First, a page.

IZA DP No. 15646: The Slow Demographic Transition in Regions Vulnerable to Climate Change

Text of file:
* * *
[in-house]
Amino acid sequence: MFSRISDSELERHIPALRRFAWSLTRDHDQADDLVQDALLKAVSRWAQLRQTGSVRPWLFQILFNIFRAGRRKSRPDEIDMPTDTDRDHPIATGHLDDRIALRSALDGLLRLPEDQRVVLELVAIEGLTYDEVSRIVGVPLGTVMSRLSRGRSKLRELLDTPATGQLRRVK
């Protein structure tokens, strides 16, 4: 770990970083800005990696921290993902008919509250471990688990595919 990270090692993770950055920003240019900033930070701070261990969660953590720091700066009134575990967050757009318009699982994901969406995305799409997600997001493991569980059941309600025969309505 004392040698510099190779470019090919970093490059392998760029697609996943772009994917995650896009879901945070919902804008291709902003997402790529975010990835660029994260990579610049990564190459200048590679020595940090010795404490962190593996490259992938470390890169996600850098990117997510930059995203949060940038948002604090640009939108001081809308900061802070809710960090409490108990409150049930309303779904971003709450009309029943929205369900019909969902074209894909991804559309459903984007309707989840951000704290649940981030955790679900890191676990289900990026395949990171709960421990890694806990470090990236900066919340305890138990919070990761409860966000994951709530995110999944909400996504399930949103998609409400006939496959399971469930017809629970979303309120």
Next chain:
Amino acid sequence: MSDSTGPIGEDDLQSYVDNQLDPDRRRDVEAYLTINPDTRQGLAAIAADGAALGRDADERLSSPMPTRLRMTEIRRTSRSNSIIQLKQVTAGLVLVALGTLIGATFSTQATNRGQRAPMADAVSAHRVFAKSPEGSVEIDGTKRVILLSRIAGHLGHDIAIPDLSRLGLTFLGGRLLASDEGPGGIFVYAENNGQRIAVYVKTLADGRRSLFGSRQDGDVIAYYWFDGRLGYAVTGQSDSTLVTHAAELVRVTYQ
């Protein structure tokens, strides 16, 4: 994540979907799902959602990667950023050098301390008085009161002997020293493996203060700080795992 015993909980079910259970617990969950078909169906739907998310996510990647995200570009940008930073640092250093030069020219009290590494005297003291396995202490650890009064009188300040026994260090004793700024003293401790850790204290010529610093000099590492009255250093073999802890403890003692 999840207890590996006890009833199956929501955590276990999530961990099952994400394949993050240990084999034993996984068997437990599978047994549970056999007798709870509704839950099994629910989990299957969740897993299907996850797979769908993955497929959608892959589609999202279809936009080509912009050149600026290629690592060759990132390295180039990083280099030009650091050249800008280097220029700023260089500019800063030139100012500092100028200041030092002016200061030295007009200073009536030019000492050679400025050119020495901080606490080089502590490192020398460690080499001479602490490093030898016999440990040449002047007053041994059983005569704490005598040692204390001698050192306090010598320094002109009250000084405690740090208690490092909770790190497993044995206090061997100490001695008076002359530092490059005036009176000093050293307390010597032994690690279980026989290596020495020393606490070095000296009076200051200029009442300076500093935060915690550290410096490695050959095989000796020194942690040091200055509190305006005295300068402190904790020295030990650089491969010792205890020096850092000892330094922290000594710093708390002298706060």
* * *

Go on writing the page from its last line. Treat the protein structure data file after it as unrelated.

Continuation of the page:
We consider how the demographic transition has been shaped in regions that are the least developed and the most vulnerable to climate change. Environmental conditions affect intra-household labor allocation because of the impacts on local resources under the poor infrastructural system. Climate change causes damage to local resources, offsetting the role of technological progress in saving time that women spend on their housework. Hence, the gender inequality in education/income is upheld, delaying declines in fertility and creating population momentum. The bigger population, in turn, degrades local resources through expanded production. The interplay between local resources, gender inequality, and population, under the persistent effect of climate change, may thus generate a slow demographic transition and stagnation. We provide empirical confirmation for our theoretical predictions from 44 Sub-Saharan African countries.